I don't think it's too sentimental a thing to say that that house helped to make me the person I am today, principally because it was home. Even though I only lived there for about 18 years, it has always been home to me: a place I could return to at any time and feel as if I belonged, that felt familiar and comfortable. Since I left there I've had 11 addresses, and have never lived anywhere more than 6 years, but that house has been a rock, a place of permanence, amid the changes that life has brought. It was there that I received love and nurture, forgiveness and understanding.

The same could be said about the church in which I grew up. It was the place in which I was baptised, in which I was converted to Christ - probably more than once, and in which I received the encouragement of God's saints over many years. But, sadly, a few years ago, the building closed and the people became part of other fellowships. We drove past the place just the other week: the building has not yet been sold, and it saddened me to see the gardens that had once been so lovingly tended looking so overgrown - saddened me, because that used to be home.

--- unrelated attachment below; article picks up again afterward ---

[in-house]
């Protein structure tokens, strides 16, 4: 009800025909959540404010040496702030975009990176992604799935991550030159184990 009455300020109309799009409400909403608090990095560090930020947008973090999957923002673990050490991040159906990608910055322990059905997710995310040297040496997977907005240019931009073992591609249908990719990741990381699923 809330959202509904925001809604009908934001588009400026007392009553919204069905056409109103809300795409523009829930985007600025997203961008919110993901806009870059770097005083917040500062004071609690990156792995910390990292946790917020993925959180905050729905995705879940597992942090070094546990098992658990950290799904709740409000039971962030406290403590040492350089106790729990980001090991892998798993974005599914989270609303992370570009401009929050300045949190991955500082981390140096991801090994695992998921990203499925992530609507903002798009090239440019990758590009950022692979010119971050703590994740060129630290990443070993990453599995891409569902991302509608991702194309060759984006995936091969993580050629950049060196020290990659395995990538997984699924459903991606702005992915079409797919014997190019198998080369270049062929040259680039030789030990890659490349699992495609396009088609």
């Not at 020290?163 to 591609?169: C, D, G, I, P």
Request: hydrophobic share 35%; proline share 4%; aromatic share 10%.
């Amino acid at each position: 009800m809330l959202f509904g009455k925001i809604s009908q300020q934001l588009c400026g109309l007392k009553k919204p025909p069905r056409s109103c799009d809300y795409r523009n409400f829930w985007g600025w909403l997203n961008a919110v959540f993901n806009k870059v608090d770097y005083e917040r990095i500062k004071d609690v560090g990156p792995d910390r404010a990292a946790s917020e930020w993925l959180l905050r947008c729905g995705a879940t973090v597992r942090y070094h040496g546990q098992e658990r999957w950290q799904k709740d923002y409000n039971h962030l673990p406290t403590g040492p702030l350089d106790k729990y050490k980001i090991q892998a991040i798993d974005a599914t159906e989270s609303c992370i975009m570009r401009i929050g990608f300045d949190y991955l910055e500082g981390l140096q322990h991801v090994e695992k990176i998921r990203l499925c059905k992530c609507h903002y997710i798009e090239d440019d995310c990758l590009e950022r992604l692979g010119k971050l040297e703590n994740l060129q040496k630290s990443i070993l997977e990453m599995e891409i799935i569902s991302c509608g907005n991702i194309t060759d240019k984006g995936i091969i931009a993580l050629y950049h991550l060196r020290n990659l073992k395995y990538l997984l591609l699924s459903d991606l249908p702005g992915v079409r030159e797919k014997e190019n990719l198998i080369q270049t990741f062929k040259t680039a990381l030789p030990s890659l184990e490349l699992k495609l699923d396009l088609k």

I've written earlier in this Blog about place. But home is a special place: home is where we feel we belong; home is where we are accepted; home is where we are nurtured; home is familiar yet challenging; home is where we can always be secure and loved and welcomed. And yes, I know that there are times when home can be frightening and oppressive and abusive, which is anathema to me, but that is not part of my experience. Home is more than the address you live at, more than the church building you attend, yet they symbolise for me so much of what a true home is.

Home is where the key fits. That rite of passage when one is given 'the key to the door', a tiny piece of metal that allows one access to the home at any time, is symbolic of belonging as well as of maturity. I was trying to remember when I was given my key: I'm certain it was well before my 18th birthday, let alone my 21st. And soon it will need to be handed back (hopefully to be replaced with a new one for a new place, a new home).

I can't help but think of words of Jesus at this point: "There are many rooms in my Father's home." [John 14:2 NLT] It is in God that we are truly 'home' - accepted, loved, challenged, where we belong, where the key fits. Whatever changes in life, we can be sure of this.

Sunday, 3 July 2011

Fly From Here

The wait is over. The first new collection of music from legendary Prog rock band Yes in 10 years has been released in Europe, with a few changes to the line-up and people now no longer wondering what the new sound will be like. It's only the second album of theirs not to feature Jon Anderson on lead vocals - a distinct, and some would say essential, feature of the Yes 'sound'. So how does it shape up?